Chicago Millennium Park

Photo-Essay: Chicago’s Millennium Park 2004

The park celebrated its tenth anniversary last June. This first image is from their own website.

It was in 2004 that I was fortunate to have been booked to visit Chicago, when just before arriving I discovered that they had opened Millennium Park. We were there in November and had expected there to be either very cold and most likely to have had the first snow for winter. Alas, for some reason the snow was late in arriving,  and even though it was very cold, it was still possible to easily get around the city. Several tours that would have been normally closed for the winter, were still open. All the fountains were dry as they are turned off for the winter to avoid freezing over damage.

Here’s how it looked about ten years ago, in November 2014. (a selection from many more photographs!)



The art work above, with two LED towers of changing portraits, is normally a fountain with a surrounding watery pool. The fountains had been turned off ready for the freezing weather and so tourists could wander around the base of these artworks.





The Park is made up of several campuses. The money for the park, $475 million, was raised through private donations, $205 million with th city paying the other $275 million.

Millennium Park is in fact a green roof garden, as it forms the rooftop for a railway station and parking facility underneath.



The most popular images are of Cloud Gate Sculpture; now known as the Bean. Everyone stops to have their photograph taken in the reflections.





The Laurie Garden was looking very new. I hope one day to see this again in a mature stage of growth.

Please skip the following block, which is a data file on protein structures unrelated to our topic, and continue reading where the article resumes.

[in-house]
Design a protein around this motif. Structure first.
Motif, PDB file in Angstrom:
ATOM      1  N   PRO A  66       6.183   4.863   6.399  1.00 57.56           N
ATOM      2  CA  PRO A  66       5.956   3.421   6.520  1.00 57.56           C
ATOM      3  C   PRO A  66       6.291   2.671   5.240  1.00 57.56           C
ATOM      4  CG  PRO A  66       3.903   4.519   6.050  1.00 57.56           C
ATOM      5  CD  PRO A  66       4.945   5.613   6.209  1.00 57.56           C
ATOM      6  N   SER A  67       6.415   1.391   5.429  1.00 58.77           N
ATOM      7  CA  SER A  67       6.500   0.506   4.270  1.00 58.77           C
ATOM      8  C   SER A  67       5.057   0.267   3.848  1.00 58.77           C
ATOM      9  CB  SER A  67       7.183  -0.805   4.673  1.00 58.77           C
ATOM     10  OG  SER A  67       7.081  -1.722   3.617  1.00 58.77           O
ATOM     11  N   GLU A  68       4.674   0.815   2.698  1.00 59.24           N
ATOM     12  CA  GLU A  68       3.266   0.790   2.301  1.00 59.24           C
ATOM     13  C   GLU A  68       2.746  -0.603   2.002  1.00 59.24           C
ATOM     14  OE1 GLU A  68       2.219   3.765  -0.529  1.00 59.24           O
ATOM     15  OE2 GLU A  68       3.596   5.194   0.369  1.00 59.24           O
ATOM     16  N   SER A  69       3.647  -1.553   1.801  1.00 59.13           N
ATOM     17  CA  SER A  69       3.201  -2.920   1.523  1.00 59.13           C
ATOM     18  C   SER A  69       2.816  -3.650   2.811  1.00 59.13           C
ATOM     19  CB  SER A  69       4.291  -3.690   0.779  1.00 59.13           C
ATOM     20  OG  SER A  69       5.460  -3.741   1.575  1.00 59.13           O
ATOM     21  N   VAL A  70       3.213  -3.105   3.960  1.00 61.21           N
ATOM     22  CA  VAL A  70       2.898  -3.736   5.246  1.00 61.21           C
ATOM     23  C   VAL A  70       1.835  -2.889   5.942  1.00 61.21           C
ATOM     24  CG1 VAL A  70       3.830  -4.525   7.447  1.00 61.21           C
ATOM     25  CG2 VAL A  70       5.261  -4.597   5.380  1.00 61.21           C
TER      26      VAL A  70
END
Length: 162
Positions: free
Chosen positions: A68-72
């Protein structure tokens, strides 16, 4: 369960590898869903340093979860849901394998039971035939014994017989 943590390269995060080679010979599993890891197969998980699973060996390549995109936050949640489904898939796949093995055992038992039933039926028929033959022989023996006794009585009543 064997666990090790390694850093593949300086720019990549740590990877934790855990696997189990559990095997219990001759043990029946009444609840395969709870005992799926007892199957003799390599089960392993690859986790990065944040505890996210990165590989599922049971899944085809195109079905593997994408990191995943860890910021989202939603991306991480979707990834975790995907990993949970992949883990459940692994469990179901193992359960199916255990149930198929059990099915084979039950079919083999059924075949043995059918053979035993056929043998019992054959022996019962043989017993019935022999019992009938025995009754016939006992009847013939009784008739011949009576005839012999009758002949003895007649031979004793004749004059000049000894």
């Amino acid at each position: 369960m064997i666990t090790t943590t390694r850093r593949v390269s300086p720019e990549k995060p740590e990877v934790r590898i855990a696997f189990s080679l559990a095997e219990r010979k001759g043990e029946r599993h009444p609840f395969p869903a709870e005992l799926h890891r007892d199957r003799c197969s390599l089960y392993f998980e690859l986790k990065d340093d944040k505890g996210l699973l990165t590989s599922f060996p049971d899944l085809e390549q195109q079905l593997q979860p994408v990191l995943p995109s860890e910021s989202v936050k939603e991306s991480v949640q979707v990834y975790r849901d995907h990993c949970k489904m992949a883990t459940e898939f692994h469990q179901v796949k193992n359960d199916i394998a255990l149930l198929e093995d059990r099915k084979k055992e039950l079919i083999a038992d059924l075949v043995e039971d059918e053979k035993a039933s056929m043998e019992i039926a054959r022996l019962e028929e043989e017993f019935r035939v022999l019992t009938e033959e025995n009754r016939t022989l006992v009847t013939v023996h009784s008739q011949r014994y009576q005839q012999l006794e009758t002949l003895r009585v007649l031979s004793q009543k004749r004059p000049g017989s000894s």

The Pavilion is a fabulous piece of engineering and architecture.





There was artworks in many locations. And yes, that’s a squirrel on top enjoying the view.







The bridge, which is an artwork in itself,  takes you over to  Grant Park and the lakeside.



From all reports, Millennium Park as a series of park campuses and as a green roof for the rail and car park underneath, is a very good example of how a public open space can enhance a city. My photographs were taken during some colder times, but subsequent research identifies that there are constant major functions there and that locals and tourists flock to the parklands for all sorts of reasons, including just to hang out and relax.

Architecturally, there is so much to see in Chicago. Not just the obvious tall buildings, but there is so much detail on many of the structure. Some of the biggest pleasures  are some of the fabulous interiors, often viewed by simply stepping inside the foyer of a building. Besides Millennium Park, there are several other key open spaces to be visited. Allow a week.

yes – if your travelling in the direction, you must take the time to wander about. The Chicago Institute of Art is next door – so even more reasons to go. I also recommend the Architecture boat tour down the river. I was lucky as they usually shut down the tours in November, but as the snow had not arrived and the sun was shining, they decided to keep the tours running. There could be more photographs of Chicago (2004) to follow.


about Cloud Gate – click here.

Background to the Park: click here.

Laurie Garden won an award in 2008 – click here

The Landscape Foundation article – click here


Recommendation: Rating 10/10


Paul Costigan, 18 July 2014

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